Date
19 August 2017
Sears Holdings Corp., once the largest US retailer, has been struggling through years of losses and falling sales. Photo: Reuters
Sears Holdings Corp., once the largest US retailer, has been struggling through years of losses and falling sales. Photo: Reuters

US retailer Sears issues warning on ability to survive

Sears Holdings Corp., once the largest US retailer, warned about its ability to continue operating after years of losses and declining sales.

“Our historical operating results indicate substantial doubt exists related to the company’s ability to continue as a going concern,” Reuters quoted Sears as saying in its annual report for the fiscal year ended Jan. 28.

The company said an inability to generate additional liquidity might limit its access to new merchandise or its ability to procure services.

Continued operating losses also could restrict access to new funds under its domestic credit agreement, according to the filing.

The warning comes less than six weeks after the company announced what it called the “next phase of its strategic transformation”, in which it hoped this year to reduce costs by US$1 billion and cut its debt and pension obligations by at least US$1.5 billion.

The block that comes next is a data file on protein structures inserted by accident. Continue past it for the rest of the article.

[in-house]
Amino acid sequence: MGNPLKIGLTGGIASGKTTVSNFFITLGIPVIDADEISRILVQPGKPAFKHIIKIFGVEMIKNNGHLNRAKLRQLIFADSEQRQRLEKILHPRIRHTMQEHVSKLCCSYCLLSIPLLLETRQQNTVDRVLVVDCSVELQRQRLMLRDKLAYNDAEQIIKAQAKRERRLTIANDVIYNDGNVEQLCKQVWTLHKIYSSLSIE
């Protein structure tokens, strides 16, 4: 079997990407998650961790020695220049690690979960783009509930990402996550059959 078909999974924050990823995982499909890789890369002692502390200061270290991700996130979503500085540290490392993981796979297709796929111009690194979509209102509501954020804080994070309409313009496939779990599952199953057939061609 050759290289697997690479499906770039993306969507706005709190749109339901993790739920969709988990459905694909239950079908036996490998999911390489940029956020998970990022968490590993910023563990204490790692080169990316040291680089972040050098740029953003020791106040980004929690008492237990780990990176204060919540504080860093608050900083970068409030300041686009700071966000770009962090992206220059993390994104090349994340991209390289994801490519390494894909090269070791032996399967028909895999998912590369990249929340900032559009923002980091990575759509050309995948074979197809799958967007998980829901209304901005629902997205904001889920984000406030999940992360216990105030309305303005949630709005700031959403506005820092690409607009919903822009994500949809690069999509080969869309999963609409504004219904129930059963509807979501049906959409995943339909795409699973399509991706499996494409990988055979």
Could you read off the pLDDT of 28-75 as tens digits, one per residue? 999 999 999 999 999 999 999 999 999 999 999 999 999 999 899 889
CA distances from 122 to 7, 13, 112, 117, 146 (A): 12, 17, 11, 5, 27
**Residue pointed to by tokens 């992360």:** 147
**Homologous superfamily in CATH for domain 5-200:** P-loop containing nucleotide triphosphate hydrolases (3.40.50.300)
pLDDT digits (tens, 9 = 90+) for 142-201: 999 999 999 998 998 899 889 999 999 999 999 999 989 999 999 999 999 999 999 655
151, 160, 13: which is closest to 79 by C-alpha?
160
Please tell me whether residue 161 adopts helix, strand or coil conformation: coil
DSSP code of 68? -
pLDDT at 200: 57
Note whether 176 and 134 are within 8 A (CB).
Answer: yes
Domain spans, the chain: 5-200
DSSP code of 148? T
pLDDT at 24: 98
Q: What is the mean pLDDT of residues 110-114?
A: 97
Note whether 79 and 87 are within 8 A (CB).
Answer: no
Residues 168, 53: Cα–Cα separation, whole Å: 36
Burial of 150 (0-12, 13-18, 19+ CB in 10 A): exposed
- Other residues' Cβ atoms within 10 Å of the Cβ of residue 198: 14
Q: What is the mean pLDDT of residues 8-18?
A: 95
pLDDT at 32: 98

The company is also considering selling some of its businesses, such as the Kenmore appliances and DieHard car battery brands.

The Sears catalog was an emblem of the post-World War II consumer boom in the United States but the company was unable to adjust to the changing retail landscape and rising competition from Wal-Mart Stores, Target Corp. and others.

The company lost US$2.22 billion in the year ended Jan. 28. Since 2013 it has accumulated US$7.4 billion in losses and seen revenue fall 44 percent to US$22.1 billion.

During that time, Sears cut the number of its US stores by nearly a third, reduced holdings in Sears Canada, and spun off the Lands’ End clothing chain.

Its total liabilities stand at US$13.19 billion.

In recent years, Sears has placed some of its stores into a real estate investment trust (REIT), sold its Craftsman line of tools, and repeatedly raised debt from billionaire chief executive Edward Lampert’s hedge fund.

Lampert owned nearly 10 percent of the REIT that paid Sears YS$2.6 billion in 2015 for stores that it purchased, many of which were then leased back to the retailer.

The announcement of Sears’ potential demise is a blow to Lampert, a hedge fund investor who took control of Sears after merging it with Kmart, which he controlled, in 2004.

Sears last turned an annual profit in 2011.

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CG

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